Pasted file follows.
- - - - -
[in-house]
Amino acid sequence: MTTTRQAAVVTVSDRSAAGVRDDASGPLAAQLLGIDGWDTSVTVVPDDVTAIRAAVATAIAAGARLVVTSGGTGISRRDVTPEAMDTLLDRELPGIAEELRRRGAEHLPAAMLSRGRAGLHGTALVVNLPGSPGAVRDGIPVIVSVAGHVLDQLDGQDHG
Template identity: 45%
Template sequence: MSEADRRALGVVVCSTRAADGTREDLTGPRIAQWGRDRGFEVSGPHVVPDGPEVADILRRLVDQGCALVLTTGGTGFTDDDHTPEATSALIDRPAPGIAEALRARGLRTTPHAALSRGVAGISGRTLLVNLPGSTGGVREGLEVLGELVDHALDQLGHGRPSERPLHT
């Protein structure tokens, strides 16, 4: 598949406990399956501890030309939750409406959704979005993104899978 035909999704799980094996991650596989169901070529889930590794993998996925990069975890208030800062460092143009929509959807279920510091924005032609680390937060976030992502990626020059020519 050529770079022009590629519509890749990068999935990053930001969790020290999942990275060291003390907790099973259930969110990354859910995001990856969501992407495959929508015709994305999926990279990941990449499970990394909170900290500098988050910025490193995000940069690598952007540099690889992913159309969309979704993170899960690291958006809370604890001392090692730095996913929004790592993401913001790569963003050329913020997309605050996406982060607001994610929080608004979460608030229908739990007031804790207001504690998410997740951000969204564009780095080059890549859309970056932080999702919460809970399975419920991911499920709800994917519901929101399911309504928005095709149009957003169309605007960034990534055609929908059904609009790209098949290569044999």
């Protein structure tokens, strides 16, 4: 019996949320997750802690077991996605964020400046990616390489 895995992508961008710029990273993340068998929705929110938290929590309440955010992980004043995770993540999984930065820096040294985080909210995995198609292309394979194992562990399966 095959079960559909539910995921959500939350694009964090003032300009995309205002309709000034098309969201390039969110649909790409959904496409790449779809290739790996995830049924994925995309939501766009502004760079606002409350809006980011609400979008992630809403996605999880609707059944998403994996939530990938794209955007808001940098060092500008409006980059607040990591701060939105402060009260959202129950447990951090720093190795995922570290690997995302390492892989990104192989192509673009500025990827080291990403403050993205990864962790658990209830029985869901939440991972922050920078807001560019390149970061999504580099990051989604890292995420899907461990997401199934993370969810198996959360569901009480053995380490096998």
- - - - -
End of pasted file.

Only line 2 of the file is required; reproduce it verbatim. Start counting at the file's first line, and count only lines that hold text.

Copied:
Amino acid sequence: MTTTRQAAVVTVSDRSAAGVRDDASGPLAAQLLGIDGWDTSVTVVPDDVTAIRAAVATAIAAGARLVVTSGGTGISRRDVTPEAMDTLLDRELPGIAEELRRRGAEHLPAAMLSRGRAGLHGTALVVNLPGSPGAVRDGIPVIVSVAGHVLDQLDGQDHG